Being the fourth largest city in Canada by population and branded for its government feel, Ottawa isn’t known as an early adopter to real estate trends. However, coworking spaces, which are identified as forward thinking and a disrupter to tradition, are on the rise in Ottawa and increasingly making the capital home. Why is that?
A city most outsiders would consider a ghost town past 5 p.m., is becoming progressively trendier and energized. With the technology sector now being the second largest office occupier in the downtown core, more entrepreneurs are successfully co-mingling with the 9-5 government workers and planting their roots here. Thanks to large tech firms like Shopify, Telesat and Survey Monkey, Ottawa’s central business district (CBD) is evolving.
Who knew opposites could cohabitate so well in Ottawa?! Well, in part thanks to the government, Ottawa is a stable market and has one of the highest median household incomes in Canada. Also, a highly educated city known for its post-secondary schools, Ottawa is a great breeding ground for startups. The hot residential real estate market in larger cities like Toronto are also drawing those who can work remotely in Ottawa. Most of those migrators crave a collaborative environment too; or at least more than their kitchen table or a coffee shop can accommodate.
So, where do coworking spaces come in?
Coworking spaces are not a new concept. In fact, they have been on the rise in most of the larger Canadian cities for some time now. Startups and entrepreneurs love them. They are great for networking, collaborating and seen as a startup incubator. Instead of the stereotypical story of entrepreneurs starting a vision in their parents’ basement, they can now accelerate growth in coworking spaces, with little long-term commitment and capital. Believe it or not, it was not long ago that companies like Shopify were residing in 1,500 square feet in Ottawa.
Regus, a coworking giant and one that has numerous locations throughout Ottawa, is currently looking to expand further in our market due to their low vacancy and popularity. Smaller coworking hubs that have found a niche by specializing and catering to a specific sector are flourishing as well. Such groups like Impact Hub Ottawa with a focus on not-for-profits members are gaining popularity, and not long ago expanded in the CBD.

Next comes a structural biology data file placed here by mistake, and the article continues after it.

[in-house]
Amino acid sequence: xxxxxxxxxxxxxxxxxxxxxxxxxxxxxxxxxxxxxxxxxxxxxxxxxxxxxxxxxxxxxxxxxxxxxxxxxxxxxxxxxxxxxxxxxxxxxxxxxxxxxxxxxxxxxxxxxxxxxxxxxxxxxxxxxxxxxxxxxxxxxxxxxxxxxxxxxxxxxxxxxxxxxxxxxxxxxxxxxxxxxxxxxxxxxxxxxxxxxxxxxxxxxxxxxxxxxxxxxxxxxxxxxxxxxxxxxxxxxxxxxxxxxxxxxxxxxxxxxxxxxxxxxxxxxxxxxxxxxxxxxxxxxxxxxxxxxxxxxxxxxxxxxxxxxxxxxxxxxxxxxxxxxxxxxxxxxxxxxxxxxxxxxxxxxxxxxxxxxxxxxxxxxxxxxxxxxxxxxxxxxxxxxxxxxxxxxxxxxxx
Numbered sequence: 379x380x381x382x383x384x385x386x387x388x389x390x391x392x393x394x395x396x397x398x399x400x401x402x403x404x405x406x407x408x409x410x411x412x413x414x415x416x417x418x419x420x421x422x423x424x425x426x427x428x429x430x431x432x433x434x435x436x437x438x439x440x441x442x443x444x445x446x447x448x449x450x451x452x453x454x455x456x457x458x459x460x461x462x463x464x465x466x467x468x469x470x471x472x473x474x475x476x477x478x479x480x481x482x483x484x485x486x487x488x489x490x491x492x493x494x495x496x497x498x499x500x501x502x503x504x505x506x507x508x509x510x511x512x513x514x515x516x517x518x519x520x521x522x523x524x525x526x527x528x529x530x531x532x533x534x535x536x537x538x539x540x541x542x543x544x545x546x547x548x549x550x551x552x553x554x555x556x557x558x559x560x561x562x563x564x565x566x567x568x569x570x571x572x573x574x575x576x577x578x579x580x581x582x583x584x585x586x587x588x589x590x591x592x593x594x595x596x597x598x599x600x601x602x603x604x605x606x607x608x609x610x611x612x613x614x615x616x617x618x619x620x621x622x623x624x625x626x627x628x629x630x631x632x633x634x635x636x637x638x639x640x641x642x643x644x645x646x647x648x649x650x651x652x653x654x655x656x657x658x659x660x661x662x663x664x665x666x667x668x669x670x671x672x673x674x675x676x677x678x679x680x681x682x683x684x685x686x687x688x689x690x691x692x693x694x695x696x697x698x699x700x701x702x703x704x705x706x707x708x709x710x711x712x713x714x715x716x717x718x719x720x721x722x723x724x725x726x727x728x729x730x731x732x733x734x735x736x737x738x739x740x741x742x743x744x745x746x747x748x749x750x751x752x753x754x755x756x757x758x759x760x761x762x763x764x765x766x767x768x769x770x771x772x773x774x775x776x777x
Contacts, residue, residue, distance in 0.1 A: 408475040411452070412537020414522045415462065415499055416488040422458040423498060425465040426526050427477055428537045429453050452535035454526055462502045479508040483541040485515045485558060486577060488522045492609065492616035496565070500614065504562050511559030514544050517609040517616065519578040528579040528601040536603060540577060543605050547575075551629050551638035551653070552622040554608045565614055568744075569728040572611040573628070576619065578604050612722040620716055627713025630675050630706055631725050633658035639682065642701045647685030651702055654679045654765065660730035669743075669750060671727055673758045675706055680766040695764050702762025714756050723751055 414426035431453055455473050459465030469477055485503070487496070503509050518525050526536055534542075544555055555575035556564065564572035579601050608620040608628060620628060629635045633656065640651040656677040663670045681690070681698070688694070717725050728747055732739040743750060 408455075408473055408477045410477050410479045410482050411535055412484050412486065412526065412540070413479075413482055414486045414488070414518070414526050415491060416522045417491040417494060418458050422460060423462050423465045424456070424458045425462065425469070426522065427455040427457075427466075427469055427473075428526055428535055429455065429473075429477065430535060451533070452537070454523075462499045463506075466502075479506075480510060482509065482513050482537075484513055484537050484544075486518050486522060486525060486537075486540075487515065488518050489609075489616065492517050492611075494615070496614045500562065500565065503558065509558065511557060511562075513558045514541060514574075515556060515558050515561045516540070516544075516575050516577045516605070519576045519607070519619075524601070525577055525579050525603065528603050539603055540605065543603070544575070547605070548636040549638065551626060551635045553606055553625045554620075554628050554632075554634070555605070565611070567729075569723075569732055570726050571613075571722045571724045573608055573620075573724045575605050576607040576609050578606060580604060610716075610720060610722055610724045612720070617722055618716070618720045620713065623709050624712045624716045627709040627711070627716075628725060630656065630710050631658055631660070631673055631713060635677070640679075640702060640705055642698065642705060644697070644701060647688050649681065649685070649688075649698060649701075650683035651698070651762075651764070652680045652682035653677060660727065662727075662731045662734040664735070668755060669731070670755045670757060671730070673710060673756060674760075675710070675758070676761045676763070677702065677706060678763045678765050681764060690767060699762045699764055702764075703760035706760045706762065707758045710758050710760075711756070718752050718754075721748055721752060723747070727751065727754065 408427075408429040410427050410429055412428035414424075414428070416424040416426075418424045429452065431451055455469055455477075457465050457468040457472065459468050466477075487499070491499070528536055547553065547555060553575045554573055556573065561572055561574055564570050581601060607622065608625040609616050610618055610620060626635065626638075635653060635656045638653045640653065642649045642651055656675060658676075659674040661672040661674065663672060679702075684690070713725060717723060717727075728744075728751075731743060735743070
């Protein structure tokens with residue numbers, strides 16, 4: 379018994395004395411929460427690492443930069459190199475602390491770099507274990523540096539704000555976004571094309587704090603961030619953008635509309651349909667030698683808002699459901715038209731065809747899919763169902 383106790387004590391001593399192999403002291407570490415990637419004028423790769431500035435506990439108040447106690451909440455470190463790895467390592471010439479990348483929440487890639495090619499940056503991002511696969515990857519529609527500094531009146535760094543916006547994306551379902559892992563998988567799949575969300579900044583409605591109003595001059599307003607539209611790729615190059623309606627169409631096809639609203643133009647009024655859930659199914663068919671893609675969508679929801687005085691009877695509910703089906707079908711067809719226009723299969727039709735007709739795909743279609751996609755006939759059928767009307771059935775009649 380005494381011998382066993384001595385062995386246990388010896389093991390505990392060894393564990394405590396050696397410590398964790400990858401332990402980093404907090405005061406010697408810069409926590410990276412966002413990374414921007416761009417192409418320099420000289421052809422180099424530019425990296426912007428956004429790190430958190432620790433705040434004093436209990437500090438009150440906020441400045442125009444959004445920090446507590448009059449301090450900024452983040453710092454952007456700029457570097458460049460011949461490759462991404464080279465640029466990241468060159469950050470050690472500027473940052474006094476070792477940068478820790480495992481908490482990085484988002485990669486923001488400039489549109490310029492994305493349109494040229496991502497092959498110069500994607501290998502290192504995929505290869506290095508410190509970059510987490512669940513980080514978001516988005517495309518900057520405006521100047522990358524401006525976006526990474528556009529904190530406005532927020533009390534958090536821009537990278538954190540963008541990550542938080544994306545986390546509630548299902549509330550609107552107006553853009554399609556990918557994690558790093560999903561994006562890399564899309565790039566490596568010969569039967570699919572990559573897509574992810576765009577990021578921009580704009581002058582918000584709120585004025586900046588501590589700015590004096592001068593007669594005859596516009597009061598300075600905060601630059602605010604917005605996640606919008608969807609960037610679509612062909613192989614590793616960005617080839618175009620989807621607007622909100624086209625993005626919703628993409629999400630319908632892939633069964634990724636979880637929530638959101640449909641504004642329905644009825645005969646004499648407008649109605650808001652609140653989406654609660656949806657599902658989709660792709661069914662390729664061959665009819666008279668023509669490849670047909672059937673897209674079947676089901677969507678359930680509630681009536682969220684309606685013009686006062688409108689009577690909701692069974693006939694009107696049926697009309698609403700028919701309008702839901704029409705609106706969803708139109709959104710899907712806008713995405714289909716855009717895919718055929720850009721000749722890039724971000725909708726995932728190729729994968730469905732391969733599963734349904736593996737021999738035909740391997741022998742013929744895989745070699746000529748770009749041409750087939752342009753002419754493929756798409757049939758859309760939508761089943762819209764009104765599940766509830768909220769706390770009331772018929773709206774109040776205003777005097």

Are Landlords taking notice?
A great example of a new technology startup accelerator to Ottawa is OneEleven. Their recent move to 66 Slater Street could be a shock to some. This was a building that previously leased space to DND and Canadian Forces Recruiting Centre; it did not seem like a plausible candidate for a forward-thinking hub. However, the landlord seized the opportunity to welcome OneEleven and rebranded to accommodate. Office space and thus company cultures are evolving for the better, and employers are learning (and loving) to share.
Landlords are listening to flexibility.
Renovating office buildings to accommodate ample amenities with flexibility in all senses is on the rise. Gone are the days when landlords would shy away from additional maintenance, management and costs associated with more common areas. Take the Sun Life Financial Centre building, which has disrupted traditional lobby income streams with co-sharing opportunities for food retailers. Manulife’s 220 Laurier building has joined the movement by creating numerous ease of mind turnkey suite options and a new shared upscale conference room. More amenities in the building such as gyms, showers, roof top terraces, bike rooms and other communal areas are becoming increasingly in demand. More flexible leases are on the rise too and landlords are offering more clauses to accommodate fast-growing tenants that may not be able to lock into a long-term lease. Groups like not-for-profits in Ottawa are often tied to government funding cycles and may need a more accommodating lease as well. Landlords, more than ever, are considering the complexities of tenants needs just like coworking groups have done from day one.
Thanks to coworking spaces, these hubs are disrupting the office landscape. Landlords that adapt will be first in line when their members outgrow the traditional office space concept but want to continue the sharing lifestyle.
Jessica Whiting is a broker in Ottawa who specializes in office leasing; tenant and landlord representation. Jessica has experience with notable private sector companies in the downtown core, not-for-profit organizations and has worked alongside several local landlords and REITs to successfully lease out office space.